pam fieldingPR firms are often asked to design and manage social media campaigns.  Stakeholders count on us to help them achieve robust ROI day in and day out, know the latest opportunities on the most relevant platforms, and keep them from making mistakes that might tarnish their brands’ reputations.

 When the pressure is on, how can you create social media campaigns that secure the engagement, growth, leads and impact clients and organizations are searching for?  How can social media managers avoid the dreaded flop or worse yet, the backlash?  There is no such thing as the perfect campaign, but there are some “do’s” and “don’ts” that will increase your odds of success.  Here are some practical tips for keeping your campaign on track, your clients satisfied and your results in line with expectations.

1.   Have a solid plan before you start. 

The first “do” in any social media campaign is to know your end goal and expected results before launching a campaign.  You should be able to answer these key questions:  What do I want to accomplish and how will I measure success?  Who is my target audience?  Which platform do they prefer? 

If the goal is to collect emails, you may need to run a very different campaign than if it is to engage your existing fan base.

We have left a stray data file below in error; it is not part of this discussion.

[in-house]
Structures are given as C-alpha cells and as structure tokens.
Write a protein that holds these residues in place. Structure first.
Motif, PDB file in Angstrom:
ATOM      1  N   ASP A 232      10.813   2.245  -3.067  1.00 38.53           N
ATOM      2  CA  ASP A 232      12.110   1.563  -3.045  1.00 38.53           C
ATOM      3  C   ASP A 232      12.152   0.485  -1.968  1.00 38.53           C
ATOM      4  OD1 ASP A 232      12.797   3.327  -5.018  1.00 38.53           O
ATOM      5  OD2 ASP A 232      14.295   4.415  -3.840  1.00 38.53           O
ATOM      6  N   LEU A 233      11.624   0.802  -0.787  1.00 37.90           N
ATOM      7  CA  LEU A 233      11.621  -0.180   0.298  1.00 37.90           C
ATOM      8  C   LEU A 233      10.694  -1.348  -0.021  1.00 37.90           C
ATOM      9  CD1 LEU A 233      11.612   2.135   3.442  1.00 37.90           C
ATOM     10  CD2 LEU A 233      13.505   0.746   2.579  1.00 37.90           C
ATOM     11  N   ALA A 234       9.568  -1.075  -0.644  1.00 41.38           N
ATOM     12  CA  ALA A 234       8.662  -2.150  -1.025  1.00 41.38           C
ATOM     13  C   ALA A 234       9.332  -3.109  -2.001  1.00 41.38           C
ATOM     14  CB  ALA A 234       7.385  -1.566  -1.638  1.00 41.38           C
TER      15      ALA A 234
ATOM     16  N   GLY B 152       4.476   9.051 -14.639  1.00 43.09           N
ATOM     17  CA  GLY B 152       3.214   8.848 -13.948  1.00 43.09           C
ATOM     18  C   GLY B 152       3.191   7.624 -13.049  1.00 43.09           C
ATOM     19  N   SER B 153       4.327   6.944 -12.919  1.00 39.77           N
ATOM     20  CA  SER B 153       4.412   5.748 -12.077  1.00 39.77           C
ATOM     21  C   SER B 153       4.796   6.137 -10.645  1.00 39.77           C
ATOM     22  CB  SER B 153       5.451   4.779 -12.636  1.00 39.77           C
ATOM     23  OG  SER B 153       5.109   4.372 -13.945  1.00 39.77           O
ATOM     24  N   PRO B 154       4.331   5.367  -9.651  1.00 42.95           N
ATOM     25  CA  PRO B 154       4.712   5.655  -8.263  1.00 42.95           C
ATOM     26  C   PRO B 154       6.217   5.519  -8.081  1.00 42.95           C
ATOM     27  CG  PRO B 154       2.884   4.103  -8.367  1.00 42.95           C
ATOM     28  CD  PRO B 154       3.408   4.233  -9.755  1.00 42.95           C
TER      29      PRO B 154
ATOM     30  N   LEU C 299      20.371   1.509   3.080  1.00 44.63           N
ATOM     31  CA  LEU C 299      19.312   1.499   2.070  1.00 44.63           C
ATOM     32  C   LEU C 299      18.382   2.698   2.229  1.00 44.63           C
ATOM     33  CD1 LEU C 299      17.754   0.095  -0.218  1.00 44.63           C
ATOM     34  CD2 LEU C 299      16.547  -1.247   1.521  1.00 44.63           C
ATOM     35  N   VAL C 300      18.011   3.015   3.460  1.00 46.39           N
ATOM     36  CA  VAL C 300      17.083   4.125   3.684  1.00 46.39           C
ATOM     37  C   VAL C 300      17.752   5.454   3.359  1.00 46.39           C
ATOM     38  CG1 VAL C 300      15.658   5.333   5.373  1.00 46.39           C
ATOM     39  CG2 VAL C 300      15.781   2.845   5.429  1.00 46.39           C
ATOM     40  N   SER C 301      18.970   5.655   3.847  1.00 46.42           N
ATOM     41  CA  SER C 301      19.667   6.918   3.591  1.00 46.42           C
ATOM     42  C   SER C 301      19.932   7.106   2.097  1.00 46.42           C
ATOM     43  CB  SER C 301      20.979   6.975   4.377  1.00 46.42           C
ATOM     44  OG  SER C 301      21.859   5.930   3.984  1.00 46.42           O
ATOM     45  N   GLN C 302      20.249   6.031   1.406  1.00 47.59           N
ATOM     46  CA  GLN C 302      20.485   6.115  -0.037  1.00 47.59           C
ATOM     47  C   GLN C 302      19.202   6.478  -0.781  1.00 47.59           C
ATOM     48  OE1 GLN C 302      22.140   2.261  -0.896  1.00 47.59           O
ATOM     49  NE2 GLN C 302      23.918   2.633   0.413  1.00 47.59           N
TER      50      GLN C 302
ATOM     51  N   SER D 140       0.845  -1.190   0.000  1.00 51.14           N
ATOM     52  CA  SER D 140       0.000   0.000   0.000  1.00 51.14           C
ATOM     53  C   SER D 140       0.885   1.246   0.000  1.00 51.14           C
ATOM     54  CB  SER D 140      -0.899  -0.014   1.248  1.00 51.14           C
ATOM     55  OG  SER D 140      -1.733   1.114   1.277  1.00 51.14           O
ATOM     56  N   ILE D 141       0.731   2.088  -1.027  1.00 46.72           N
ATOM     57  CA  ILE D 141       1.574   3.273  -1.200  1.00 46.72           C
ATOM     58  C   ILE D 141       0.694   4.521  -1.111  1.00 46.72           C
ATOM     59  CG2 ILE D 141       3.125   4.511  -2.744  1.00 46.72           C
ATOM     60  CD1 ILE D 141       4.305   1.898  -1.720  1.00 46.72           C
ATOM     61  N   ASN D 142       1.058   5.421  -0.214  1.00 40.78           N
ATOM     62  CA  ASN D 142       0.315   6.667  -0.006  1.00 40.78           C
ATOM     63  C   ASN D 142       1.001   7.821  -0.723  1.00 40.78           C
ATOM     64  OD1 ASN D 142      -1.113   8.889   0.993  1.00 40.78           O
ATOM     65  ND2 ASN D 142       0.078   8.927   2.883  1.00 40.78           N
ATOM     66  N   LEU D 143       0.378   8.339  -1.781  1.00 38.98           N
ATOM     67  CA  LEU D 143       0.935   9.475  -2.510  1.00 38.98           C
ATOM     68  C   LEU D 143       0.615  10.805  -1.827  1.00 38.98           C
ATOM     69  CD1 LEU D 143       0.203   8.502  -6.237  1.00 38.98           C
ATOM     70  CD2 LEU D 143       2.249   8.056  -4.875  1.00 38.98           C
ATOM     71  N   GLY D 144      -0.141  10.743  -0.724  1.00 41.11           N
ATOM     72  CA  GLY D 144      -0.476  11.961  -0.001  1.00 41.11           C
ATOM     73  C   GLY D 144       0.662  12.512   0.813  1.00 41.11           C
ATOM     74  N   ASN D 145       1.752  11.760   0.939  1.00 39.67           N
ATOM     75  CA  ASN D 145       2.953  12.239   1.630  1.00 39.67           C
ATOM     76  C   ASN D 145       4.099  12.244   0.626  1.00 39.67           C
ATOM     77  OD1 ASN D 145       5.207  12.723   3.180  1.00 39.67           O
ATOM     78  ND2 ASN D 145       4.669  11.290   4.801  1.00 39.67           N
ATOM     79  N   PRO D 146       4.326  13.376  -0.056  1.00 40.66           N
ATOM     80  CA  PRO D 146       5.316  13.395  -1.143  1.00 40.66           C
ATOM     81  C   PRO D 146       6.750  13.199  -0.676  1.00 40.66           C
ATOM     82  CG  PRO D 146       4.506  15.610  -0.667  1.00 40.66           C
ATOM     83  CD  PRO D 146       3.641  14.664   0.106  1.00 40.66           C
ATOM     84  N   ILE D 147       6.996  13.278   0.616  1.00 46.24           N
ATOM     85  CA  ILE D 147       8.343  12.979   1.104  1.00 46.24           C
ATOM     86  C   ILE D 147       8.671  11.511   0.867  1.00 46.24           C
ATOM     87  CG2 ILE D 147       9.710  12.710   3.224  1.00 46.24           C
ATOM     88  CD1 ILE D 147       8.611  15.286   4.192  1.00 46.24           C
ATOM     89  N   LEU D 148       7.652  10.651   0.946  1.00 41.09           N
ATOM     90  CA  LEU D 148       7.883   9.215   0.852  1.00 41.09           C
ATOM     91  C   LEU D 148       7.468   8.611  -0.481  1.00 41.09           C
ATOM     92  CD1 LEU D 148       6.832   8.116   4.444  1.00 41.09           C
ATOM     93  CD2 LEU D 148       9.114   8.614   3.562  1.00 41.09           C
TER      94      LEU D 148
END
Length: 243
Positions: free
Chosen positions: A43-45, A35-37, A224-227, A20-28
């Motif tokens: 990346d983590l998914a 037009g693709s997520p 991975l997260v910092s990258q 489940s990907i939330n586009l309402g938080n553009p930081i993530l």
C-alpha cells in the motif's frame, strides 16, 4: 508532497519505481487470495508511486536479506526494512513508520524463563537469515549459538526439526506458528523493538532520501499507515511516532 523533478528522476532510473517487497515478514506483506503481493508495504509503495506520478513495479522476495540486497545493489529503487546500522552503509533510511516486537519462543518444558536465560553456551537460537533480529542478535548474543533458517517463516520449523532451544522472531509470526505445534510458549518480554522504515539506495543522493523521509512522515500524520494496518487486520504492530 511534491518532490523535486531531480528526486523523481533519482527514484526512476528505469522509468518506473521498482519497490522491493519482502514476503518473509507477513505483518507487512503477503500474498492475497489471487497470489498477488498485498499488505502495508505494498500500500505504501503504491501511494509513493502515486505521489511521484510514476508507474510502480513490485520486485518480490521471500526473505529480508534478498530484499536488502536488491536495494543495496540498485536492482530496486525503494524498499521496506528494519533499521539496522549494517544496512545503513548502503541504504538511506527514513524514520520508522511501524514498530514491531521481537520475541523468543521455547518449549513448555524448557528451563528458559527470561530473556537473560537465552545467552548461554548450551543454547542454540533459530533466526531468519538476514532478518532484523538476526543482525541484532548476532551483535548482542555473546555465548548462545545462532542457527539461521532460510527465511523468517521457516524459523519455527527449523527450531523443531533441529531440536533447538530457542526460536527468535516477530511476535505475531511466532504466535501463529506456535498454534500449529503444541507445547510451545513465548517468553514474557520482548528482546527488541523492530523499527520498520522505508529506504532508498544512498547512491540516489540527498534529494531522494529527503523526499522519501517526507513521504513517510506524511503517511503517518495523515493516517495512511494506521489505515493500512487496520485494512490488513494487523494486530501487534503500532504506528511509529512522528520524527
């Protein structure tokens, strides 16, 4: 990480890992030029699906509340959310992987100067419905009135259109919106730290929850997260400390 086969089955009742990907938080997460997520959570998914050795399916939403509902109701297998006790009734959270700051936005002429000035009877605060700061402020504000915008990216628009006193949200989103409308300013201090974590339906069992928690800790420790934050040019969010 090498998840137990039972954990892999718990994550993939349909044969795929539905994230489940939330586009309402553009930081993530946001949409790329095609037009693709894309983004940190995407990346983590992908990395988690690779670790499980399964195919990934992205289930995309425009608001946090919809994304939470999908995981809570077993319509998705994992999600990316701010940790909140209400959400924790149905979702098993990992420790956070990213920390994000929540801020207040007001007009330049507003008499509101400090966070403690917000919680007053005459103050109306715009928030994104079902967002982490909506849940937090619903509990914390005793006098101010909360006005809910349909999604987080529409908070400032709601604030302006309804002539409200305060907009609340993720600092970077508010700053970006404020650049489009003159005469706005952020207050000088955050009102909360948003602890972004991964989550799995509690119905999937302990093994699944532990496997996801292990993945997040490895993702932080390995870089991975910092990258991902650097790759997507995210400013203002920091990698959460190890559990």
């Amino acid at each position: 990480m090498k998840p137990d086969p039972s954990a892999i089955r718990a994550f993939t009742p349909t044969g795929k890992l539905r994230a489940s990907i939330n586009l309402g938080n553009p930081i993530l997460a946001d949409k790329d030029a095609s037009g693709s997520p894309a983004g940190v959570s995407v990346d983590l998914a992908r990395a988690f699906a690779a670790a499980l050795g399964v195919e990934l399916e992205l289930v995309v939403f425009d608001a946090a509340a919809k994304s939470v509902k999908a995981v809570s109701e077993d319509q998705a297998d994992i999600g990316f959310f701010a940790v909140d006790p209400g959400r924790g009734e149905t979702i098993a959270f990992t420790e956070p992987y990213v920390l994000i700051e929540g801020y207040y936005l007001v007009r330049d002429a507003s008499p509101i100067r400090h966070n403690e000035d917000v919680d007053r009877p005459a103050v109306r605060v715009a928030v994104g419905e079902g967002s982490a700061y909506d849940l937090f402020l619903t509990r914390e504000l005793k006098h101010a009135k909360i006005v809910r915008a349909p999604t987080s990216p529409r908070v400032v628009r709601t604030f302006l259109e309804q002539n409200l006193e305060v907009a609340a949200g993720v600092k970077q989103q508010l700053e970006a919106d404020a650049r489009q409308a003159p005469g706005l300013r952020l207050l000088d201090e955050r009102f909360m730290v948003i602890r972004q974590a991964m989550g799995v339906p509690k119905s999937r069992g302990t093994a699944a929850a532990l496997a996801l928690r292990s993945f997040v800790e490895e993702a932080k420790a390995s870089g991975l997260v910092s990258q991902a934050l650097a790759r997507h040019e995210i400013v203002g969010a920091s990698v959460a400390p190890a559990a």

If your target audience is women crafters, your platform of choice will be very different than if it is Fortune 500 executives. Creating an editorial calendar in advance will help you organize and outline your campaign. This method alleviates last minute brainstorming and facilitates the process of writing content since it is already planned. The type of content you would place on your calendar is your organization’s milestones, trending holidays (e.g. Memorial Day, Independence Day, etc.), and planned engagements with high profile audiences such as bloggers or legislators.

2.  Make sure your campaign has influence.

Once you know what you want to accomplish and with whom, it’s important to find your “influence.”  Social media influencers are the people in your target industry or category with the social media reach, relevance and resonance to make an impact with your target audience. 

There are many tools, free and paid, that can help you find influencers (from followerwonk to Buzzsumo to Klout), so choose a few and find the influencers that can help drive your campaign success.  Bloggers can be a valuable resource for your strategy. 

Use a tool like Twtrland to search Twitter profiles of bloggers to find out who is active by skill, geographic area and name.

Once you know the bloggers you would like to engage with, email them a concise pitch and the benefit you can provide them in return for their participation. 

Some may be pleased to receive valuable content, such as an infograph, in exchange for their participation and promotion of your campaign.  Others may be interested in sponsorship. Additionally, if your organization is lobbying for bill on the federal or state levels a simple tweet including a legislator’s Twitter handle and a fact will encourage the member to engage with your content. If you provide a statistic or statement that describes how the pending legislation affects a legislator’s district or state, there is a high chance that he or she will engage by retweeting or favoriting your tweet. When this occurs, it becomes a small victory for your campaign.